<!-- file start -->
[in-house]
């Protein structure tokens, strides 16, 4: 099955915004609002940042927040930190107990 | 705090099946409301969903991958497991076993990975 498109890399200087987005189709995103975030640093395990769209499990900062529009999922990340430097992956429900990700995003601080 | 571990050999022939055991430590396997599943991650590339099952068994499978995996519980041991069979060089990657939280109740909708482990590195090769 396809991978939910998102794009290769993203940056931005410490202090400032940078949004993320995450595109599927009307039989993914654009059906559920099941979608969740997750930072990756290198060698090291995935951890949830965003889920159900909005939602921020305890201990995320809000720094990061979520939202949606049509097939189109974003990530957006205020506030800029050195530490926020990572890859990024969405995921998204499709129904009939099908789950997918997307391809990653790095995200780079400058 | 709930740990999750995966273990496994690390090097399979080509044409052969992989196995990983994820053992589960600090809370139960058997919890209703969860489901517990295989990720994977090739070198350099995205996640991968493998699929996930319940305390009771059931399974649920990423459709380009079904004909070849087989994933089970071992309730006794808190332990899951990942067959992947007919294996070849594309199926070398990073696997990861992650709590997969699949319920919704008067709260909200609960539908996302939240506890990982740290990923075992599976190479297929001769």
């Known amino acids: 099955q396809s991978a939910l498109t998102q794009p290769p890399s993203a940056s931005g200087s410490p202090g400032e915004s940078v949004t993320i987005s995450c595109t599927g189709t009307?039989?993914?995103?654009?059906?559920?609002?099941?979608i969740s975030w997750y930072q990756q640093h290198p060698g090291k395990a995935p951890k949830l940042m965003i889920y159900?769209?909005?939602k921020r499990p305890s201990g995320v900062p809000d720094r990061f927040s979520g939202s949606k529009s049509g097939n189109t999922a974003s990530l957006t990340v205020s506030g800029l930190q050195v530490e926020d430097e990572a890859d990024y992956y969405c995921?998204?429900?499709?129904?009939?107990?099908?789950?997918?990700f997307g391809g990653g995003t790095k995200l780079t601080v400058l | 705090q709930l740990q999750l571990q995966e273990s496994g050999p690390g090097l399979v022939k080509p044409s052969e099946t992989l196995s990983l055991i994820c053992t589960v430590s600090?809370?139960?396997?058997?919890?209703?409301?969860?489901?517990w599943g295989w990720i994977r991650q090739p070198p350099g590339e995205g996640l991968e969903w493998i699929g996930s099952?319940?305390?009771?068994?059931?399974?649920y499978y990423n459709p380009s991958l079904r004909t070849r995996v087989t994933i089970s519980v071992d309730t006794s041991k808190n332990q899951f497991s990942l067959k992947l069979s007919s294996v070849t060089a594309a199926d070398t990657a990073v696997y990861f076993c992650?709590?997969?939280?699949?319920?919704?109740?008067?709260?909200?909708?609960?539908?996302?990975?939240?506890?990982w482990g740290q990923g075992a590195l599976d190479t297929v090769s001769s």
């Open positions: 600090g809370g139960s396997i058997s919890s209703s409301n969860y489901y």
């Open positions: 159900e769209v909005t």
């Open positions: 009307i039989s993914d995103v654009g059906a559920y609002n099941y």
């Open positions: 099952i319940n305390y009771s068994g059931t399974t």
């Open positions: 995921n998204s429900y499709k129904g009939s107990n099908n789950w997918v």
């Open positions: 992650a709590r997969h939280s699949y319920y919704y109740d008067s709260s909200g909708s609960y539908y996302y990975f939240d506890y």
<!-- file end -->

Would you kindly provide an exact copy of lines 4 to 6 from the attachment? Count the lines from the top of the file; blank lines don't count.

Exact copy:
């Open positions: 600090g809370g139960s396997i058997s919890s209703s409301n969860y489901y």
């Open positions: 159900e769209v909005t």
């Open positions: 009307i039989s993914d995103v654009g059906a559920y609002n099941y």